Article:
Searching over 5,500,000 cases.

Buy This Entire Record For $7.95

Official citation and/or docket number and footnotes (if any) for this case available with purchase.

Learn more about what you receive with purchase of this case.

Franks v. City of New York

United States District Court, Eastern District of New York

May 20, 2015



I. Leo Glasser Senior United States District Judge

Plaintiff Sundra Franks (“Franks”) brings this action against the City of New York (“City”) and New York City Police Detective Richard Dinkle, in his individual capacity, (“Dinkle, ” and, together with the City, “Defendants”), alleging federal claims under 42 U.S.C. § 1983 for false arrest, malicious prosecution, excessive force, violation of equal protection, and municipal liability, and state law claims for assault, battery, and false arrest. Before the Court is Defendants’ motion for summary judgment pursuant to Federal Rule of Civil Procedure 56(a). For the following reasons, the motion is GRANTED.


The undisputed facts are as follows.[1] On July 2, 2011 at approximately 11:45 p.m., Dinkle and other members of the New York City Police Department (“NYPD”) responded to a residential building at 251 Jersey Street in Staten Island after receiving a report of gun shots fired at the location. Defendants’ Local Rule 56.1 Statement of Facts (“SOF”) ¶ 3. James Lee, a resident of 251 Jersey Street, was in his apartment that evening with his friend, Steven Clark. Id. ¶ 7. Before the gun shots were fired, Clark had gone outside to meet his girlfriend, Shaiesha Lewis. Id. After Clark left, Lee heard a commotion outside and upon opening his door saw Clark and two other men with guns running toward his apartment. Id. He recognized both men, who he later identified as Franks and “Halloween.” Id. ¶ 8. He ran back inside, and through his upstairs window, observed Franks fire a gun toward his apartment. Id. ¶ 9.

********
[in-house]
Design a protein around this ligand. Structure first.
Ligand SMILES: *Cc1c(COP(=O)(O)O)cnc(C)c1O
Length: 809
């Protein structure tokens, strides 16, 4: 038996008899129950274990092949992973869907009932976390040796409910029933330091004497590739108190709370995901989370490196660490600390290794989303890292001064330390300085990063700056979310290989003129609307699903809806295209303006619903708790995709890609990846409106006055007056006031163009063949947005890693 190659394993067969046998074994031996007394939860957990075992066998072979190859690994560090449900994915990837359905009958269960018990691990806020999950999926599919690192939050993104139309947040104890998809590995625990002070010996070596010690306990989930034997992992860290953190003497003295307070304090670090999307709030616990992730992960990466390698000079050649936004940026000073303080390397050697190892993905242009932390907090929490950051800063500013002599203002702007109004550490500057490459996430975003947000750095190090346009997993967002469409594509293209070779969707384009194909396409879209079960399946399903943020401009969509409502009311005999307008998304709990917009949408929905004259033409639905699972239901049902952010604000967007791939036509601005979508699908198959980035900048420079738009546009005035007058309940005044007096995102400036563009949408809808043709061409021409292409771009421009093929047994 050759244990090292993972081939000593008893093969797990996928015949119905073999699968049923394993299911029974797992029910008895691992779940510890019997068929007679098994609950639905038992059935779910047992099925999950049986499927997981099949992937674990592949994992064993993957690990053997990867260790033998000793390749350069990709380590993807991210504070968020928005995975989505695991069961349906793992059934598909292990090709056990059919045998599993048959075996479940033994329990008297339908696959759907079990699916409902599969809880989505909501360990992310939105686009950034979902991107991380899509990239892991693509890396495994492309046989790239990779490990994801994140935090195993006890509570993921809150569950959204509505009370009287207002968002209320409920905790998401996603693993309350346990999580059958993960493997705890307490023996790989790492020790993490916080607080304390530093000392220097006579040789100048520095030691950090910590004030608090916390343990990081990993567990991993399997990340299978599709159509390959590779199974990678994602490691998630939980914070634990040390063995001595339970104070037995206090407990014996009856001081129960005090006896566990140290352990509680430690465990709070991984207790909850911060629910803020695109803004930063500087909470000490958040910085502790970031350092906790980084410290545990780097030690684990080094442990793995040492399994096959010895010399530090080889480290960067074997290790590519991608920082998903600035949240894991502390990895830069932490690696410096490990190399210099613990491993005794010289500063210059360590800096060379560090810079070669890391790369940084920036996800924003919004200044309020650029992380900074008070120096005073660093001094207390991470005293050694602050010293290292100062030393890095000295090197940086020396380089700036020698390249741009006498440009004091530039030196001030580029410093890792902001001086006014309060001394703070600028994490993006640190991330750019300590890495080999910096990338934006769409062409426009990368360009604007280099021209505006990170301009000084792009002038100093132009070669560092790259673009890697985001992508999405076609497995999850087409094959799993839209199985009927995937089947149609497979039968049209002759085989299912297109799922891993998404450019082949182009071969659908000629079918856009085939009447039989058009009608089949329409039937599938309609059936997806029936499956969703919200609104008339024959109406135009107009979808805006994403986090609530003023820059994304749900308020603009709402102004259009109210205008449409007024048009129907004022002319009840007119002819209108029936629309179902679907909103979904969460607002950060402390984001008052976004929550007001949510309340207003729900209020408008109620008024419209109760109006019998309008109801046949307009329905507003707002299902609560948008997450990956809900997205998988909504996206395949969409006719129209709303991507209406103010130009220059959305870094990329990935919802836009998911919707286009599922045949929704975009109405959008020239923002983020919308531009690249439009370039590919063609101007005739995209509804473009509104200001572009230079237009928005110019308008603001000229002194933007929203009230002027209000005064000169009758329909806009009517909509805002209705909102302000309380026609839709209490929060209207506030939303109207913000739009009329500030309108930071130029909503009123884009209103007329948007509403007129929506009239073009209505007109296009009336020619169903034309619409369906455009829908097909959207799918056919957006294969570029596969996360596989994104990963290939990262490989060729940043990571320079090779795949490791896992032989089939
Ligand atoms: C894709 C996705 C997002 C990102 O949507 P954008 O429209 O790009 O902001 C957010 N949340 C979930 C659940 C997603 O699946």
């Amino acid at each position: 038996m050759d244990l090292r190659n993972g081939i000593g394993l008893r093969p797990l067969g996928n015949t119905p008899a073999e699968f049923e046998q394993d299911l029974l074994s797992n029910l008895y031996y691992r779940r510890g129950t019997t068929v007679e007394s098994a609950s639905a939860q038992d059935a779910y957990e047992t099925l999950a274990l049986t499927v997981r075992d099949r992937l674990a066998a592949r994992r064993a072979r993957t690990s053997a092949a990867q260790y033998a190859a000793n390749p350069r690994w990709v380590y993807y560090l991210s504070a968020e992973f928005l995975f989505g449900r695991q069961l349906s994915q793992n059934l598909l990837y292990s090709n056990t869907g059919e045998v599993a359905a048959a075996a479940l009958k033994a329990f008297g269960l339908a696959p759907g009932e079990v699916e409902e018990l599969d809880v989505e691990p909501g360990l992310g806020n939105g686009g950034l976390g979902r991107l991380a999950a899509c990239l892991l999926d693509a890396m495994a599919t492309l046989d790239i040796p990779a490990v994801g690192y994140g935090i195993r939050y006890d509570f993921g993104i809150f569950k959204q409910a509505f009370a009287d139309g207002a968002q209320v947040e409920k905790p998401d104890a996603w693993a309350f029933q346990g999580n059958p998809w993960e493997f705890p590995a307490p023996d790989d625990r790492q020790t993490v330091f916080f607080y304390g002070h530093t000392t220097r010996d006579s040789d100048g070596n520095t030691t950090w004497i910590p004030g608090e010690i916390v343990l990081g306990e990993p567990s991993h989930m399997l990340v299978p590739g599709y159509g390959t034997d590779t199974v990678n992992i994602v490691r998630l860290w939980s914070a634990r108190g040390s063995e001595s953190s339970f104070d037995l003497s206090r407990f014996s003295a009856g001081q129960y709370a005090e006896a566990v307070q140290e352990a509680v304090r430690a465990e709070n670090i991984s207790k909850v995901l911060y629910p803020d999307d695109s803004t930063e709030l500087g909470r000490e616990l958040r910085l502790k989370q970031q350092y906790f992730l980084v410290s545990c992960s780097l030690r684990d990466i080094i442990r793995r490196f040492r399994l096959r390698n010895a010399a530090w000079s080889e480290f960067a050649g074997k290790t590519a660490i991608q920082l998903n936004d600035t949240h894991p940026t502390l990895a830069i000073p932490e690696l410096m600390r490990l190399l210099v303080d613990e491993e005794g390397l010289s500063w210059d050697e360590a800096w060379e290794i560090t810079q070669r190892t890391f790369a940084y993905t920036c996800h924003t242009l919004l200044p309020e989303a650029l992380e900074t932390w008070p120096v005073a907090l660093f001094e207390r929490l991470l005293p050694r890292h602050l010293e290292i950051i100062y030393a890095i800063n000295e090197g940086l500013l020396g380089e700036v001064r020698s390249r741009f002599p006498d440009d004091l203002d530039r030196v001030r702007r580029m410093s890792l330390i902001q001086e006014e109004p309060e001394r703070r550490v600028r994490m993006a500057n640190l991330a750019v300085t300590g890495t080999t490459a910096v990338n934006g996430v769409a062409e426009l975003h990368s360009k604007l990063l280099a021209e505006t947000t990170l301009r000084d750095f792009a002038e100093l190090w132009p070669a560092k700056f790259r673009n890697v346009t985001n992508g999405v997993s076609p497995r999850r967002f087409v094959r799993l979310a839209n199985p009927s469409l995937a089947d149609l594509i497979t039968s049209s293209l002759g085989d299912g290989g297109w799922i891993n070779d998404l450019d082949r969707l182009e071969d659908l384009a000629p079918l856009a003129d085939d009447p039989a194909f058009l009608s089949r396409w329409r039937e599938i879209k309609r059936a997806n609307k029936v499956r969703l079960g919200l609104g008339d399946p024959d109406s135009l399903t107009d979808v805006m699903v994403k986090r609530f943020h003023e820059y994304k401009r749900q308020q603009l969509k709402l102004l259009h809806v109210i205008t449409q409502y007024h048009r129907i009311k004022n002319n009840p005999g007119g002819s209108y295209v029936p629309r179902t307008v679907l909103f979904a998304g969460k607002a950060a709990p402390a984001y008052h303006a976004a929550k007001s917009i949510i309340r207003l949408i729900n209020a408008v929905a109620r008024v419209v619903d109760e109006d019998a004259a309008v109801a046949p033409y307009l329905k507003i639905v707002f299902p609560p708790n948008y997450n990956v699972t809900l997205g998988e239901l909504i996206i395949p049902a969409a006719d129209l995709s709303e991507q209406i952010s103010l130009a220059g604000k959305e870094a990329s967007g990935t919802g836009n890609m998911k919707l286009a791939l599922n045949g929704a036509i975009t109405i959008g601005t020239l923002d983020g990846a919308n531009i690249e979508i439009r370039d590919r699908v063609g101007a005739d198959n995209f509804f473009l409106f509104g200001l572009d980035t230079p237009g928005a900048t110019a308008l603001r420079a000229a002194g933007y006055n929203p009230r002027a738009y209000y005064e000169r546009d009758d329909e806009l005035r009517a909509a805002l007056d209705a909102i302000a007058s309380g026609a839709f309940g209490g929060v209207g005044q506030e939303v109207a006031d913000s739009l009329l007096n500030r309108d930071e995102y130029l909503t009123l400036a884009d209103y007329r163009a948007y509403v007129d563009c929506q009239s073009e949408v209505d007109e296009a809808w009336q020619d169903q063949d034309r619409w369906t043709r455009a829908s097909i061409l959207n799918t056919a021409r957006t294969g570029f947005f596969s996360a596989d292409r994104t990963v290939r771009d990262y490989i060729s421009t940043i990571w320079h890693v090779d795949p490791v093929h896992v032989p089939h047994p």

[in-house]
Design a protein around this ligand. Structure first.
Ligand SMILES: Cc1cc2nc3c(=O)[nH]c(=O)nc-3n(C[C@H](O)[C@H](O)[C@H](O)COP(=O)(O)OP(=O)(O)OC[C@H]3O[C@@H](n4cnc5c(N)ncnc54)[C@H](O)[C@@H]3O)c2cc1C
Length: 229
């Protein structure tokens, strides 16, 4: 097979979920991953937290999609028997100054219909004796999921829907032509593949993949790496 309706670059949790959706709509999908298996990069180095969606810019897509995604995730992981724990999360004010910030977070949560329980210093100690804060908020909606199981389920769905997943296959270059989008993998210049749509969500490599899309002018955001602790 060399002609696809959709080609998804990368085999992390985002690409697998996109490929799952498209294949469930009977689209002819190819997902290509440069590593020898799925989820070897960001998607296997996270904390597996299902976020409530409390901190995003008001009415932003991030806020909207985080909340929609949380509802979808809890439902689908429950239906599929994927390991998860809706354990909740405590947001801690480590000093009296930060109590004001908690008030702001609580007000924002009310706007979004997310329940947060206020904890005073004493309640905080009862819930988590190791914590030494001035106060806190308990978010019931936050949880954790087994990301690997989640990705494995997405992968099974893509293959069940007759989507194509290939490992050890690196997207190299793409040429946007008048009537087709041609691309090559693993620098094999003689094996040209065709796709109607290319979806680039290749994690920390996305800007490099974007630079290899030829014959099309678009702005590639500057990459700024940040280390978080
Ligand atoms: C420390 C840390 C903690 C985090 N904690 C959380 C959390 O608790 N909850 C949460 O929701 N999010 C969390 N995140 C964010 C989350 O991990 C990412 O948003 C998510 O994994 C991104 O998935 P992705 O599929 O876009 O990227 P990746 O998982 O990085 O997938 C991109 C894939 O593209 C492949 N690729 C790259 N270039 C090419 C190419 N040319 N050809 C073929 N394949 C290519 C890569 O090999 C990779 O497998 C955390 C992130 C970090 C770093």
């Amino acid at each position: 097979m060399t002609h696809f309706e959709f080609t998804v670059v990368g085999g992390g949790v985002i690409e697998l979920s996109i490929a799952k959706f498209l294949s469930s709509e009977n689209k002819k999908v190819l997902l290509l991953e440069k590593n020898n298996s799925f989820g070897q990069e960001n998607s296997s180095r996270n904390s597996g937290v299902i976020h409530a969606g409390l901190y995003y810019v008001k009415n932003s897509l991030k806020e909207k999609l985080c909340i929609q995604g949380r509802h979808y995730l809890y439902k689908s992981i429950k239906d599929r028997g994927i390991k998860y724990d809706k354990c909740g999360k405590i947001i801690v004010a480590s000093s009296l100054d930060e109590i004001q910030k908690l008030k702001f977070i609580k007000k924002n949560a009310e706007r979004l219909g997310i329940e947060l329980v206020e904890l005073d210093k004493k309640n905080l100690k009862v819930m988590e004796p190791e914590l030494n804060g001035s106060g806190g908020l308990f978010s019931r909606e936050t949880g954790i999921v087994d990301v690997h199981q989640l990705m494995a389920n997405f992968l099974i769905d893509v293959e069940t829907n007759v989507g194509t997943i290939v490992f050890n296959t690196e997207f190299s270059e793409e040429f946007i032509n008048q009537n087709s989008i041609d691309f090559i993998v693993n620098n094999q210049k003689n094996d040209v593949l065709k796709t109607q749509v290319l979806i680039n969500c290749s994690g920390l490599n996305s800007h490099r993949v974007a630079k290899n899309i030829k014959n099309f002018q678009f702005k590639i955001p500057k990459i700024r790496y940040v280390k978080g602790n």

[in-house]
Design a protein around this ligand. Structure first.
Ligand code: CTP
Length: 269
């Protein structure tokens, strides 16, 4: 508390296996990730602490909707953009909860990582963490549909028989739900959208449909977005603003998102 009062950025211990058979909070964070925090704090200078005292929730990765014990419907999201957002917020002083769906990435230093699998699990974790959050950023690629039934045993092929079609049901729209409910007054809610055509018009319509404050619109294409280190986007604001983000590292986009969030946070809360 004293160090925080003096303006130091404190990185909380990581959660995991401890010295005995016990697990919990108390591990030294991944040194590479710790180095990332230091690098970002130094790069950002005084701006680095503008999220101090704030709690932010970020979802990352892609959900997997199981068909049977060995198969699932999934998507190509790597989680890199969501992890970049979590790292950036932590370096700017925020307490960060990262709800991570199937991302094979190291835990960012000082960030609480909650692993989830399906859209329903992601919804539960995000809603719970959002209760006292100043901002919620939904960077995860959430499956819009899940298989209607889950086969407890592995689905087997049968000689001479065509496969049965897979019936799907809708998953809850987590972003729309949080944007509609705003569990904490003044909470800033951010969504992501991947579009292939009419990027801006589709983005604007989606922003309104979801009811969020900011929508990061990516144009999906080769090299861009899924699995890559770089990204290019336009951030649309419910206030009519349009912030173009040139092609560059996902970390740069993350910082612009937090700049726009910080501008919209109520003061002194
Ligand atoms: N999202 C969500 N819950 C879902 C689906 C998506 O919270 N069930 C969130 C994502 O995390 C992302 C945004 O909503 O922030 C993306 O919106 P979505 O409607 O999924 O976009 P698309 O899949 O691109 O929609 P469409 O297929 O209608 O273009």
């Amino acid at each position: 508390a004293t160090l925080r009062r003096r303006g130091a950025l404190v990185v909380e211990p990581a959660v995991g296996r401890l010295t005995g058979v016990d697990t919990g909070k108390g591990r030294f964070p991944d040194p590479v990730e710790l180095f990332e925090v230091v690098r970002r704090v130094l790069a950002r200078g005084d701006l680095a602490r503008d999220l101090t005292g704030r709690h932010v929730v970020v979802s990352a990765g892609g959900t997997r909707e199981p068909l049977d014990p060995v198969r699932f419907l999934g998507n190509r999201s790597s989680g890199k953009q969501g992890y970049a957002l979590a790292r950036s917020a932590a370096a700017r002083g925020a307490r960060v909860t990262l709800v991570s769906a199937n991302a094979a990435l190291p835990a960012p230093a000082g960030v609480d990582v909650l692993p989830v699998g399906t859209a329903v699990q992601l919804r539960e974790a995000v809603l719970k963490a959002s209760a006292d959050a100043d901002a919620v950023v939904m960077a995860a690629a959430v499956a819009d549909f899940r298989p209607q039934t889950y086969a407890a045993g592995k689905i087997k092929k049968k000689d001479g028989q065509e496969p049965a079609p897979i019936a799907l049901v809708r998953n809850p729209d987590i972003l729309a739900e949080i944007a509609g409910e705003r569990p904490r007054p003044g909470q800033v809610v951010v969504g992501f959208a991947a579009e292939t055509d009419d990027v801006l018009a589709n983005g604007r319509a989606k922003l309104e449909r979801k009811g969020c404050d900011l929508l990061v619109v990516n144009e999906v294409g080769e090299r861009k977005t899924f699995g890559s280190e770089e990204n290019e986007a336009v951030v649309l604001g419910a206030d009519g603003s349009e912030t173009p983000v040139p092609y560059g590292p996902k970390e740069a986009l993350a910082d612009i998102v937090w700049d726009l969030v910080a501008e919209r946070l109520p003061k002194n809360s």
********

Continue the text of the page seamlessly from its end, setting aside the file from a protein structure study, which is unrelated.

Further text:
Clark told police that while he was waiting outside for his girlfriend, two black men approached and started pushing him. Id. ¶ 10. He escaped the men and ran back into Lee’s apartment and heard approximately five gun shots. Id. He described one of the men as “very short, very dark skinned, scruffy face, skinny, wearing a white t-shirt, [and] jean shorts” and the other as “taller, medium skin color, medium build, no hair, wearing a blue shirt.” Id. ¶ 11. Franks, who is dark-skinned, short, and skinny, fit Clark’s physical description. Id. ¶ 12.

Shaiesha Lewis told police that as she approached 251 Jersey Street to meet Clark, she saw two men trying to get into the residence. Id. ¶ 13. She described one of the men as wearing a white tank top and blue shorts. DX D at 5. She managed to enter the residence and heard gun shots. Id. At the time, her mother, Farida Lewis, was parking her car outside of 251 Jersey Street and saw a black man pointing a gun and shooting at the building. SOF ¶ 14. She did not see the shooter’s face, but described him as wearing all black and having short braids. Id. Police recovered five shell casings in front of 251 Jersey Street. Id. ¶ 5. The front door of Lee’s apartment revealed two bullet holes, and the window of his apartment revealed one bullet hole. Id.